• Michelle

The Problem with "All or Nothing"




How many diets do you know of?

Seriously, take a moment to rattle some off in your head.


Some of the big ones today include Keto and intermittent fasting. It wasn’t long ago that Paleo was the ‘in’ thing. We’ve had some ‘amazing’ ones in the past too, everything from Atkins to Ice Cream diets (yes, it’s true).


Many diets work short term, maybe even all of them do, but who wants to achieve “short term weight loss’ or ‘short term health’. 97% of the time diets are not sustainable. There is very little long term 10-25+ year research on the sustainability of diets because of that very reason. You’ll see study after study showing the benefits of this diet or that but always ask ‘for how long’? More often than not, long term data is not available.


There are SO many reasons why they don’t work long term but it almost always has to do with restriction and not being sustainable for the person without some level of anxiety. You may be able to give up your favourite foods, but at what cost?


When it comes to changing your diet, my question is – why throw the baby out with the bathwater?


We will often go from a really crummy way of eating that doesn’t make us feel good. To a full blown diet. A complete whitewash! There’s no middle ground. Many people tell me that’s just how they work – they’re ‘all or nothing’. The problem with all or nothing though is that it’s simply that… ALL or NOTHING. More often than not, the ‘all’ part of that is short lived.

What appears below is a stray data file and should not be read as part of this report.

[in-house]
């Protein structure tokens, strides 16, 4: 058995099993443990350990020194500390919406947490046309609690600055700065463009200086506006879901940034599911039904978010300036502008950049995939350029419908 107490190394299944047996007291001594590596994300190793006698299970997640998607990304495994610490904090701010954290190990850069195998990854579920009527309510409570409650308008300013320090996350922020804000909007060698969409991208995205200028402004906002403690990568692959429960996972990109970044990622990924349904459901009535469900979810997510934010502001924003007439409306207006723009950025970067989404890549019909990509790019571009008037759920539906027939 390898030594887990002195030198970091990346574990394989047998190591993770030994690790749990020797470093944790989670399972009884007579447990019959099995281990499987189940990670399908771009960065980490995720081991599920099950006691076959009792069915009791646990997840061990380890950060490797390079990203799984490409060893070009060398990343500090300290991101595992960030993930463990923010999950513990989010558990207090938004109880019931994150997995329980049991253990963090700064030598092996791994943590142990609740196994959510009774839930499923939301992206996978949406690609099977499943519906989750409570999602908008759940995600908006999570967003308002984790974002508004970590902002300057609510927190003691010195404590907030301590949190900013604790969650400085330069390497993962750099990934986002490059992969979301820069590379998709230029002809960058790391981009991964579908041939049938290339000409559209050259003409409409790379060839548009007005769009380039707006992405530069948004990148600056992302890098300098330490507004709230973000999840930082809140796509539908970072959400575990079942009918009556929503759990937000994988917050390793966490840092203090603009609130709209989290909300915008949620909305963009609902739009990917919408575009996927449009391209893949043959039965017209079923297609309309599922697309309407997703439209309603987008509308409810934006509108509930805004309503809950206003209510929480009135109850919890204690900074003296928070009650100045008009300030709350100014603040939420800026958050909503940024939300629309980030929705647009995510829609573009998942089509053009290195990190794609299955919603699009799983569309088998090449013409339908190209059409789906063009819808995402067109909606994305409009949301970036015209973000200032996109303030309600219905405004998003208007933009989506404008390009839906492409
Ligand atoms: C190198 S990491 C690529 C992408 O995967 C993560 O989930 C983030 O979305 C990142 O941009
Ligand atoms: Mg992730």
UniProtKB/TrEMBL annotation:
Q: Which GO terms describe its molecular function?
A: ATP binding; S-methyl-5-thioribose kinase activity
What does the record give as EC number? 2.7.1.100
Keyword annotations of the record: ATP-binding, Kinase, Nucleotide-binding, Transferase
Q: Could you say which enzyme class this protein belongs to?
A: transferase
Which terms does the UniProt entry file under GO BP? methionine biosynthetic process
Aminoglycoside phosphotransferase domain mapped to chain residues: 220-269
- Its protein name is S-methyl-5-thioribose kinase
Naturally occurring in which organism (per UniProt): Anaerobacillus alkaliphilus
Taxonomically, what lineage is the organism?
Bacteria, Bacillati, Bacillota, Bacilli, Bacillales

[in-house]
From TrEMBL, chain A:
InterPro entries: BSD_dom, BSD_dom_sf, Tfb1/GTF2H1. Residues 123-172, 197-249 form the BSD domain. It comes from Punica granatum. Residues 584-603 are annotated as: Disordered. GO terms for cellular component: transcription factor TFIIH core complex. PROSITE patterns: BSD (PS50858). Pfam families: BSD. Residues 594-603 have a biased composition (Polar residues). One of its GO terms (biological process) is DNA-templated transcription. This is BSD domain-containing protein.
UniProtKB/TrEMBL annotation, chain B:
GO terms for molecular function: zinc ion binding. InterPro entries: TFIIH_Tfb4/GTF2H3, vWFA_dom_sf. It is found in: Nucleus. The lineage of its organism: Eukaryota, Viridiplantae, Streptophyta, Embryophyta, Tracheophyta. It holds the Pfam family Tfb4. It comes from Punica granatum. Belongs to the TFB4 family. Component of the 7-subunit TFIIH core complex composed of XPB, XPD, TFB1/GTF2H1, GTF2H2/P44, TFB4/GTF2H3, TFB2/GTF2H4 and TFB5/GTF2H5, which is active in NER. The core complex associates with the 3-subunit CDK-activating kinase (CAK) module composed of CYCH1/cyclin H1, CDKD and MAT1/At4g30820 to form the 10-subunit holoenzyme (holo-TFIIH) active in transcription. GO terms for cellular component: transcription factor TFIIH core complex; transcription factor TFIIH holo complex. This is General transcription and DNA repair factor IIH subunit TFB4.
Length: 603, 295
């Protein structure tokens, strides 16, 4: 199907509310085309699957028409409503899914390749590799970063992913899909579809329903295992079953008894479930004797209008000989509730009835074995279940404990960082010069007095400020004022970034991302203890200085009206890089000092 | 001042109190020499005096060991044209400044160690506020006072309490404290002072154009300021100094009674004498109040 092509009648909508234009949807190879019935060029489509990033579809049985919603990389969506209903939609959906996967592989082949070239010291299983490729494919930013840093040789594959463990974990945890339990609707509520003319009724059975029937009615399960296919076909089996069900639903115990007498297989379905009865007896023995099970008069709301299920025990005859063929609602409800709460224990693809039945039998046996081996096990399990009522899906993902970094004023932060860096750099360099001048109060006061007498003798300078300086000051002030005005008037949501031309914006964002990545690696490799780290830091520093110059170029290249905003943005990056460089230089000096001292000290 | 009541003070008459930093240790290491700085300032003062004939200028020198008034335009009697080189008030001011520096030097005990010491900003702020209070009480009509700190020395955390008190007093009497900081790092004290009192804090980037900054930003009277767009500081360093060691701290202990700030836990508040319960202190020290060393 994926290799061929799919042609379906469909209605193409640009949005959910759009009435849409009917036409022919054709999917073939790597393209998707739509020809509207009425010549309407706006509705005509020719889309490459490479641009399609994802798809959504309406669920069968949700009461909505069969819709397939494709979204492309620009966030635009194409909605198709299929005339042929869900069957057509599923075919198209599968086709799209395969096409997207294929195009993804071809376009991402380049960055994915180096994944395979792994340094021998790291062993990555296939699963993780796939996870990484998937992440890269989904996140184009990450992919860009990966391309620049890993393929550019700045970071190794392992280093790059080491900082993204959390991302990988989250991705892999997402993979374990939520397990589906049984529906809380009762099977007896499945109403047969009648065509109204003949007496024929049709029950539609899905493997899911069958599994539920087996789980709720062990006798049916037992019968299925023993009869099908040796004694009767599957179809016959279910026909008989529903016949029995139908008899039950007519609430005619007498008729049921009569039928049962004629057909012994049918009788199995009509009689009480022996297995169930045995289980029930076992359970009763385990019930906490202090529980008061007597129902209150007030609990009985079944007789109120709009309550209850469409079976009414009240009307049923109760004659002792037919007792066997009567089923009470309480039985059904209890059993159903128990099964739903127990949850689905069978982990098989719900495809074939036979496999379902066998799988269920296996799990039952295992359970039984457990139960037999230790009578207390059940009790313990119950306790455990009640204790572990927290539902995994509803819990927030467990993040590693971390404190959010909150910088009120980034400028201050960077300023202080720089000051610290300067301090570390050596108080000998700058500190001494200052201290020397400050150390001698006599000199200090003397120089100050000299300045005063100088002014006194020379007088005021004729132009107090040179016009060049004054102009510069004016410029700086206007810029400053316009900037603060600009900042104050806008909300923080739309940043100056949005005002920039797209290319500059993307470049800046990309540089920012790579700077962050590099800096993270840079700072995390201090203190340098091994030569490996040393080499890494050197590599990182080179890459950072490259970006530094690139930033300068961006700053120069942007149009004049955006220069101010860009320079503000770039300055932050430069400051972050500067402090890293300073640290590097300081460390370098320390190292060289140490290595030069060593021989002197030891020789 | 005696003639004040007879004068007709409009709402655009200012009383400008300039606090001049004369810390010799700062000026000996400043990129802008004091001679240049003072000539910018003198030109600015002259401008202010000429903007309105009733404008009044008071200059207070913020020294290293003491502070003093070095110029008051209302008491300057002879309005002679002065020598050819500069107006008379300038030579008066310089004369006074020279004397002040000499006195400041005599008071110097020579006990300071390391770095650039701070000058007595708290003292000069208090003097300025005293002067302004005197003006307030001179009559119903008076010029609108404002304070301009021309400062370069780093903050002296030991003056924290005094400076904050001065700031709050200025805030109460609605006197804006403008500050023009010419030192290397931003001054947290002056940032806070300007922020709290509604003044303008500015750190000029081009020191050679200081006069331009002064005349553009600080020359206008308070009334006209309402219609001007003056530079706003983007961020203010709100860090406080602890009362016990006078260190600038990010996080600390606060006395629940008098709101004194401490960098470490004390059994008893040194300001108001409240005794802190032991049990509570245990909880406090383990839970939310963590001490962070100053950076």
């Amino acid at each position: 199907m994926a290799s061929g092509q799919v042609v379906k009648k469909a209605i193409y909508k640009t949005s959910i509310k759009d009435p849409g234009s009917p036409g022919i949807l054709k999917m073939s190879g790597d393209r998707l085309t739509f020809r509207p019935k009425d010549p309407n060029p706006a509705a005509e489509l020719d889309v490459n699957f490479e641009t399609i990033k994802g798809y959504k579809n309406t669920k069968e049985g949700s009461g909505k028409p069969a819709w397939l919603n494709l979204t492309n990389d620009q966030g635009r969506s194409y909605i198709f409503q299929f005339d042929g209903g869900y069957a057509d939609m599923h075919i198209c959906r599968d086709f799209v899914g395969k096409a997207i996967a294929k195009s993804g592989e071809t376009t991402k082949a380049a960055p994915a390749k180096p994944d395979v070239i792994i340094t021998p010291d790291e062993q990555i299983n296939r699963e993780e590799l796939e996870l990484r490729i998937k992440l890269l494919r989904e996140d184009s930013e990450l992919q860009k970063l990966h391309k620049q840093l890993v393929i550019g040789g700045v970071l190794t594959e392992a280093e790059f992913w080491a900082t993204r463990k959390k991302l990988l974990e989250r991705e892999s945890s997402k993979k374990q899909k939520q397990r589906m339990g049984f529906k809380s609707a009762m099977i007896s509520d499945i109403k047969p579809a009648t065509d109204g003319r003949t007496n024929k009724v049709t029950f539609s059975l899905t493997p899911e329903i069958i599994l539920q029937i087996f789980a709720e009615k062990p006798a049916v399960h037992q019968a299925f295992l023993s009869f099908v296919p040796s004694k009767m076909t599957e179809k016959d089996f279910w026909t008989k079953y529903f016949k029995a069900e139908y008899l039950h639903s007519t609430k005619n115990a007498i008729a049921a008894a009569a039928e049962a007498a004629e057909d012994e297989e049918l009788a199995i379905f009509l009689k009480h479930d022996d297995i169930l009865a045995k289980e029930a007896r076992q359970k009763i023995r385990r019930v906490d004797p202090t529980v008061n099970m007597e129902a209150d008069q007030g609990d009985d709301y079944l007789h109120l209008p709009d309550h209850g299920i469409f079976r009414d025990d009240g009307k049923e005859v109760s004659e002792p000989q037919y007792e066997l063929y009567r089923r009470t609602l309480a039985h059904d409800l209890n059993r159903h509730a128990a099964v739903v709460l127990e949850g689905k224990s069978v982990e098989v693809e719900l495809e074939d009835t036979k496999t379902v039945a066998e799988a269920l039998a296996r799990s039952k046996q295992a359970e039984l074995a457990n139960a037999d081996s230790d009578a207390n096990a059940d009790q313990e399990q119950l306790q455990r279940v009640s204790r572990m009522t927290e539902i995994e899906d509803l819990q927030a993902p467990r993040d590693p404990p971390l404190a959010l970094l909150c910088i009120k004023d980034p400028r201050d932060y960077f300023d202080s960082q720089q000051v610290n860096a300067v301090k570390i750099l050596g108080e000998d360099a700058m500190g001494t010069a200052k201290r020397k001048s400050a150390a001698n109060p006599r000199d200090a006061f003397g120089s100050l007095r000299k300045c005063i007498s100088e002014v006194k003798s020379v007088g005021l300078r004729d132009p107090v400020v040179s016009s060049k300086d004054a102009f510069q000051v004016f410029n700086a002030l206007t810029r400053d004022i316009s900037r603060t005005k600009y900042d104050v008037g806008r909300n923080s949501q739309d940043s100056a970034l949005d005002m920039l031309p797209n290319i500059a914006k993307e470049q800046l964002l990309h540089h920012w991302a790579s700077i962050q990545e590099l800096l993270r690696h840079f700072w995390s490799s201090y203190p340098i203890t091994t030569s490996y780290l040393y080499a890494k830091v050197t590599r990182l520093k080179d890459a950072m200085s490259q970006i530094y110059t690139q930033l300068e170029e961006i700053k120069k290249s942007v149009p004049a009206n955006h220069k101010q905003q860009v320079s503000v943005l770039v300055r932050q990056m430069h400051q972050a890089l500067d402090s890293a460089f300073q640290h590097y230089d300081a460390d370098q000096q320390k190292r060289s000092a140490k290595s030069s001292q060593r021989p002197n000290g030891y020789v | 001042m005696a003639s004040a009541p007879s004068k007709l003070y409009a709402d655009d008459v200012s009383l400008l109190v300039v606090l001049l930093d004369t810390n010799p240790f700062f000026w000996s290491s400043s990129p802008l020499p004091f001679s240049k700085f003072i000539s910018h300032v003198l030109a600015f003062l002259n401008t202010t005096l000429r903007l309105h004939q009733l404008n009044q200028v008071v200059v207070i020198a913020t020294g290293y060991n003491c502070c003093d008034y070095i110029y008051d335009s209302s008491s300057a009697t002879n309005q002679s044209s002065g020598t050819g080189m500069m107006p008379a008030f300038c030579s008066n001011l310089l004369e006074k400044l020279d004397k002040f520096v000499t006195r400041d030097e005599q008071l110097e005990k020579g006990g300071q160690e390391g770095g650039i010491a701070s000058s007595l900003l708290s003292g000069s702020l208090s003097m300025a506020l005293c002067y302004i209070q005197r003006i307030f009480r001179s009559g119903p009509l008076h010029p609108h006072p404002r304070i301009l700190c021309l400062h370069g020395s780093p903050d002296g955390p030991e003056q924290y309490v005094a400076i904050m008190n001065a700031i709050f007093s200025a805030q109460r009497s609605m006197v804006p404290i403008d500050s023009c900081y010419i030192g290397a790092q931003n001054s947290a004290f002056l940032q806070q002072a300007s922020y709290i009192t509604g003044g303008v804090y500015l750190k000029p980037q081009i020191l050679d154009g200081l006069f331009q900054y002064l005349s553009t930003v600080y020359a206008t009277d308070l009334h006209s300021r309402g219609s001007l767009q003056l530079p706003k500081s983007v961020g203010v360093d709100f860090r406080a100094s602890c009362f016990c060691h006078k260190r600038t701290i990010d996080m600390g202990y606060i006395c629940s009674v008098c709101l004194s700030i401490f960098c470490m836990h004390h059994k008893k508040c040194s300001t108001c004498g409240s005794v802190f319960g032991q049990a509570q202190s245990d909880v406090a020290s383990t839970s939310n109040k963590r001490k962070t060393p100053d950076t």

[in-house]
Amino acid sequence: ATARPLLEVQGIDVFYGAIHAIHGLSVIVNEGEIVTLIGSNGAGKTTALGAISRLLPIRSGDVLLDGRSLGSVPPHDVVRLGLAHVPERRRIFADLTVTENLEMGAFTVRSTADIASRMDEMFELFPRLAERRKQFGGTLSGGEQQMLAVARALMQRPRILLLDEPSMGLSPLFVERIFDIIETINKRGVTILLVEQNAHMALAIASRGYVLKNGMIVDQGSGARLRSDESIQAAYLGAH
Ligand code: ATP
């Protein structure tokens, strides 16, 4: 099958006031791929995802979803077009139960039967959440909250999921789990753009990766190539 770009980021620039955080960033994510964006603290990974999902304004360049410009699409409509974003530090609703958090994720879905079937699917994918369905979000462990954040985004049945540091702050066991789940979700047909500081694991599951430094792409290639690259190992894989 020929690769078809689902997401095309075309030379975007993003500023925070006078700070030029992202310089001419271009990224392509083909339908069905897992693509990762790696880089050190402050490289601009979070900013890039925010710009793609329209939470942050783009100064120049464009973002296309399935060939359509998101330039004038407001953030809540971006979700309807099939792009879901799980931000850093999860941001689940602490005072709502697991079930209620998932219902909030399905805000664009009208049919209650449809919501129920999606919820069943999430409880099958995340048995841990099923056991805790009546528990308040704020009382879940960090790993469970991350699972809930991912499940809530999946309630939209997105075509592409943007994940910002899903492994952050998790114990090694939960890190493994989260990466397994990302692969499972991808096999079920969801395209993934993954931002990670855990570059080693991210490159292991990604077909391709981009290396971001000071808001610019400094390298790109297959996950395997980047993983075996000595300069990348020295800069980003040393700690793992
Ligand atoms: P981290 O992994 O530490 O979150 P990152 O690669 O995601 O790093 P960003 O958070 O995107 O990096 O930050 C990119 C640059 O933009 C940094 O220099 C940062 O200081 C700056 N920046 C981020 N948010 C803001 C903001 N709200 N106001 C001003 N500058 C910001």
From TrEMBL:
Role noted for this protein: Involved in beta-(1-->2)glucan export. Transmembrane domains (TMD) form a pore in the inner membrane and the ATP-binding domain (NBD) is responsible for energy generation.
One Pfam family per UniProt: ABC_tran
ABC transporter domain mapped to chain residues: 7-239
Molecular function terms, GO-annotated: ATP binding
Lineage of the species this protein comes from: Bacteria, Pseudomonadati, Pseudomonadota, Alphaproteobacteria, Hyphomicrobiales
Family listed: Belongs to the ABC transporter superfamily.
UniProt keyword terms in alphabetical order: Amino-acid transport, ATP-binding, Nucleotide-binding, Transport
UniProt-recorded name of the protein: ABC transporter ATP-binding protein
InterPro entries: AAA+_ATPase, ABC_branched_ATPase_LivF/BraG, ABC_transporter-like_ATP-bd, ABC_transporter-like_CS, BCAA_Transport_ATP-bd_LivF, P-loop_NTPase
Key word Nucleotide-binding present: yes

What would happen if we started small?


I know, not nearly as sexy. BUT, what if just making a few changes started to give you the results you wanted? Tadaa! That’d be pretty cool right? If that’s the case, why go hard? What if you started to add in more veggies each day and you were starting to feel great and notice changes in your body composition and energy levels?

How would you even know this was possible if you jump straight to Keto. What if small changes are enough?


What a waste of delicious carbs to jump straight into Keto when maybe, quite possibly you can eat bread and still achieve your goals.


Cliff Harvey often talks about this in his step wise approach and it’s discussed in detail in my Empowered Eating course. A stepwise approach means that rather than going straight to Keto for example, maybe you could start by trying to get more natural foods in your diet or doing more cooking at home? Or, maybe reducing the amount of sugar in your diet is all you need to do.


Sometimes these smaller steps lead to better results – and, because they are simpler and gentler they are often far more likely to stick.


So, what if less was actually more? Well that sounds good to me!



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© 2018 Michelle Yandle Nutrition

Please Note: I do not provide the services of a licensed dietician, information received should not be seen as medical or nursing advice and is not meant to take the place of seeing licensed health professionals. Read the full health disclaimer here.

 

Michelle Yandle Nutrition

Waitara, New Zealand

michelle@michelleyandle.com